Crewmen Herbert Heinold and Joe Horvath quickly grabbed the soldier and pulled him into the Huey. Soon, other figures began to rise from the grass and were quickly hauled aboard. Novosel had to climb above the gunfire many times, only to dive toward the ground again to resume his search. Within minutes, the Huey held 10 soldiers. Novosel flew to a nearby special forces camp at Moc Hoa to deliver the wounded and refuel. Then he went back.
The remaining troops now eagerly waved their arms to attract Novosel’s Huey, including one soldier who ran toward the helicopter while holding his intestines against his body. Others were cut down by Viet Cong machine guns as they rose. Novosel’s Huey, riddled with holes, continued to fly. On his third trip, he got air cover from Air Force F-100s and Army AH-1 Cobras, and after rescuing nine more soldiers, Novosel prepared to depart until a 10th soldier rose from the grass, barely visible in the failing light. Novosel positioned his Huey so the most intense fire was coming from the rear and backed the helicopter toward the soldier while his crew lay on the deck. Horvath hauled the man aboard, and as Novosel prepared to gain forward speed and jerk the Huey into a climb, a Viet Cong soldier rose from the grass and emptied a clip from his AK-47 into the cockpit. The helicopter careened across the grass until copilot Tyrone Chamberlain could gain control and climb the helo into the sky. Incredibly, neither pilot was seriously injured, but shrapnel from the bullets tore into Novosel’s leg. After offloading the wounded, Novosel and his crew returned to their base. That day, they had spent 11 hours in the air.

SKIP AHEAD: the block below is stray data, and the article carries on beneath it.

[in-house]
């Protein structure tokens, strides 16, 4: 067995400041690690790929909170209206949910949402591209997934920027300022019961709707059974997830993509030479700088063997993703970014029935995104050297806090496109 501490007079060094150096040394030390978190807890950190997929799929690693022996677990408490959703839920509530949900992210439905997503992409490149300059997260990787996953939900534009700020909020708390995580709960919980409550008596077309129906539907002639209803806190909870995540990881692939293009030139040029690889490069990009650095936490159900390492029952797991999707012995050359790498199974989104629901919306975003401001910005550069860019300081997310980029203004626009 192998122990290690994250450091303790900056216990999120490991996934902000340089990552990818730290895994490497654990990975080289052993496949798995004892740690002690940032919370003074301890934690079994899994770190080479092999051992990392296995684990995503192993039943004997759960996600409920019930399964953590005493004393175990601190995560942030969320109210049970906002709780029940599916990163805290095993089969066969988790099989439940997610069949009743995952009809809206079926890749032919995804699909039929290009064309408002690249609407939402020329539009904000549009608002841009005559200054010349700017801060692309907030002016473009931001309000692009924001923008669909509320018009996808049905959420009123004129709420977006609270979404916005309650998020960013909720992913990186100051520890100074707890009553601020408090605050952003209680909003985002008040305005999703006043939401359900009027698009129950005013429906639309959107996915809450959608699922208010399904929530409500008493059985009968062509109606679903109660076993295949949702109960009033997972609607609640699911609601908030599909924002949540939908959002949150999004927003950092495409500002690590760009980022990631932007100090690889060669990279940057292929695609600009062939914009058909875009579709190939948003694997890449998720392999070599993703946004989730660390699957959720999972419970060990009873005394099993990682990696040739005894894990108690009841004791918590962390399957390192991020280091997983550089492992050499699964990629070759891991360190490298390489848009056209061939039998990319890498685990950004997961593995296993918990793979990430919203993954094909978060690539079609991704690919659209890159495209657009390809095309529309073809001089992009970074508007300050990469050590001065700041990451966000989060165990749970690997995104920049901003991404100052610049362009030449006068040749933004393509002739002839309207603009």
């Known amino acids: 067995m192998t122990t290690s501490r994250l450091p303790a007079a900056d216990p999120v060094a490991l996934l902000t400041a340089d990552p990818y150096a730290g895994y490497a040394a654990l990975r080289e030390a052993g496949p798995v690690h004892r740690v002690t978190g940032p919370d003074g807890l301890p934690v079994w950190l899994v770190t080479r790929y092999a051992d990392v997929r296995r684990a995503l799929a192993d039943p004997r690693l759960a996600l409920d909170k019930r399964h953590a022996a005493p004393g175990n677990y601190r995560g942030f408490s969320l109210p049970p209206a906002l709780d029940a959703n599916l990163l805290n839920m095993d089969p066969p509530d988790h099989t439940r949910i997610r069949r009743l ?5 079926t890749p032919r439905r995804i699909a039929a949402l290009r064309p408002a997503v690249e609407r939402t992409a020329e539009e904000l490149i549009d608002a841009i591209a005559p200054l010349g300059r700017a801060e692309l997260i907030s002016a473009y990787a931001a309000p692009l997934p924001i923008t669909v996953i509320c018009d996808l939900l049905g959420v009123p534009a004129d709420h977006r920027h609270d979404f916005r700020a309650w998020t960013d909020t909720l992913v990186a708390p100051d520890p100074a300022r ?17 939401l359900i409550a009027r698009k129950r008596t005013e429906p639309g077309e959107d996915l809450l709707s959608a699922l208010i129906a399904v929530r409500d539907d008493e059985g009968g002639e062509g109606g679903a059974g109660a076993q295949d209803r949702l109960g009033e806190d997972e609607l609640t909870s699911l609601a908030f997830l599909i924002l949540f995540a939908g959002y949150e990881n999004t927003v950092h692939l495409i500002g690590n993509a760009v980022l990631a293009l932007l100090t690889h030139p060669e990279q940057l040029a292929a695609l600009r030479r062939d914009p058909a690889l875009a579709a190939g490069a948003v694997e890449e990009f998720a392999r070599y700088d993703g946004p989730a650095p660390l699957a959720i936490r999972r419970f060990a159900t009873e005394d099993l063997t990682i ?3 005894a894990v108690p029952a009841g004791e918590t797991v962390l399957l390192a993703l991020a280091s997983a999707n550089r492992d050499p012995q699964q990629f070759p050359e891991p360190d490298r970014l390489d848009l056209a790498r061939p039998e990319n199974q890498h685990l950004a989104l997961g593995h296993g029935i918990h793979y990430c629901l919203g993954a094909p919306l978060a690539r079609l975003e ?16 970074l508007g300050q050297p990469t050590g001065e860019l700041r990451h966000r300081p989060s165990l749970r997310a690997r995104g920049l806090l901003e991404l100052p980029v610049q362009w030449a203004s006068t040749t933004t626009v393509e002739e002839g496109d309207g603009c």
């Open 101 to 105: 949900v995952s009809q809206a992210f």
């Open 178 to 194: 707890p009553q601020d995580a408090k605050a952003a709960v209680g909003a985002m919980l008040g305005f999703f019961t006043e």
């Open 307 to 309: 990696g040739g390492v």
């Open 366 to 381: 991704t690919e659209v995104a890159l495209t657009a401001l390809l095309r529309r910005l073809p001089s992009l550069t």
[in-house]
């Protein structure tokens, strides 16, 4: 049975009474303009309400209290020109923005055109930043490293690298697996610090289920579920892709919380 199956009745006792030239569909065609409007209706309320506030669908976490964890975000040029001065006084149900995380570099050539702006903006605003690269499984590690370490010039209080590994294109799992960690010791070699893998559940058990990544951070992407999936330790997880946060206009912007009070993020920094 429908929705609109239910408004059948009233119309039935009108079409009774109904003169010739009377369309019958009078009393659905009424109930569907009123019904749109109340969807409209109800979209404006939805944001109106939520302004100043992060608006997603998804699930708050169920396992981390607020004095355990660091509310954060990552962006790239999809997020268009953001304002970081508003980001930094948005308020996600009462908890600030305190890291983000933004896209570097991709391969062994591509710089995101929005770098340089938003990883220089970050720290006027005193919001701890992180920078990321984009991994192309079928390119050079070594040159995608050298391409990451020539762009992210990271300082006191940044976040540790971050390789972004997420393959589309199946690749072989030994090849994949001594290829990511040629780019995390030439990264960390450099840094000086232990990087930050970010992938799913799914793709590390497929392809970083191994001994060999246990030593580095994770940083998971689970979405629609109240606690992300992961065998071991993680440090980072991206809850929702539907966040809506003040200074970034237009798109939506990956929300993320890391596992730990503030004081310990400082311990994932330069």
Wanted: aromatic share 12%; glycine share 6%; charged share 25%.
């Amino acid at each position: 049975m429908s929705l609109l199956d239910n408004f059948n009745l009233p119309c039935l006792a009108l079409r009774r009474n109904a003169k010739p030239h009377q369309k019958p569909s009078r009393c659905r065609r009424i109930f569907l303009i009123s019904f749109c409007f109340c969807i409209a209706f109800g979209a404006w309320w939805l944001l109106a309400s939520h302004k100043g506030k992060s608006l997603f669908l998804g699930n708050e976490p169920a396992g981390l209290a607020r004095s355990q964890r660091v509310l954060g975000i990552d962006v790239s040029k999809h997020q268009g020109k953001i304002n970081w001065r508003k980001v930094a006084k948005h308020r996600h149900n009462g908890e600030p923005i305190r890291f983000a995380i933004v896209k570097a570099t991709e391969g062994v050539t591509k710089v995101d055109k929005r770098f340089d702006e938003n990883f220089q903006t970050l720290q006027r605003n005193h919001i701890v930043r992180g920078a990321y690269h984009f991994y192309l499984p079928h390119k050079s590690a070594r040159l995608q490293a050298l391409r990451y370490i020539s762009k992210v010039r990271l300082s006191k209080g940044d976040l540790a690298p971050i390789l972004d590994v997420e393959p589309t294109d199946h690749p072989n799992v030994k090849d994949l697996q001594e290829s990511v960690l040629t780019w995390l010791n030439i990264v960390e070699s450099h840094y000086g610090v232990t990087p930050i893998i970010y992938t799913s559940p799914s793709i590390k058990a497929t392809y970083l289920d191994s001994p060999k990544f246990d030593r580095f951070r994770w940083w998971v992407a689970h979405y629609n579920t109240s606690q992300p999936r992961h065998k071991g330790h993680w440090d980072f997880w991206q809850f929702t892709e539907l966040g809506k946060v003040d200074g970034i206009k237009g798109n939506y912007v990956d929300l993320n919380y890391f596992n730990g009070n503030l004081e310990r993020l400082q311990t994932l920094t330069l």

In 1970, safely back in the United States and assigned as a pilot for the Army’s Golden Knights parachute demonstration team, Novosel answered a phone call from a Pentagon major who began the conversation by asking him to sit down. Novosel was to receive the Medal of Honor for his actions on that terrible afternoon three years before. Novosel and his crew had saved 29 men from certain death—a mere fraction of the 5,589 wounded soldiers he had evacuated during two tours in Vietnam.
Today, nearly 30 years after the Huey’s introduction, crews still fly the venerable old choppers, but the airframes are tired and are being replaced by newer types like the UH-60 Blackhawk. While the Marines have plans to upgrade their comparatively small Huey fleet with a four-blade rotor system, new T700 engines, new avionics, and an auxiliary power unit, the UH-1 has almost disappeared from the active Army inventory, although it still flies in the reserve and national guard. “But us old Huey pilots have a saying,” says Jeff Stayton. “ ‘When the last Blackhawk goes to the boneyard, there’ll be a Huey crew there to pick them up.’ But don’t get me wrong. The Blackhawk is a superb helicopter. But there’s just a soft spot for the Huey. I mean, look at it—the UH-1 has been flying for 40 years. It’s the DC-3 of the helicopter world.”
The legacy is clear—no longer just a hauler of beans and bullets, helicopters have firmly taken their place on the battlefield, led by a simple and redoubtable standard bearer that could do it all.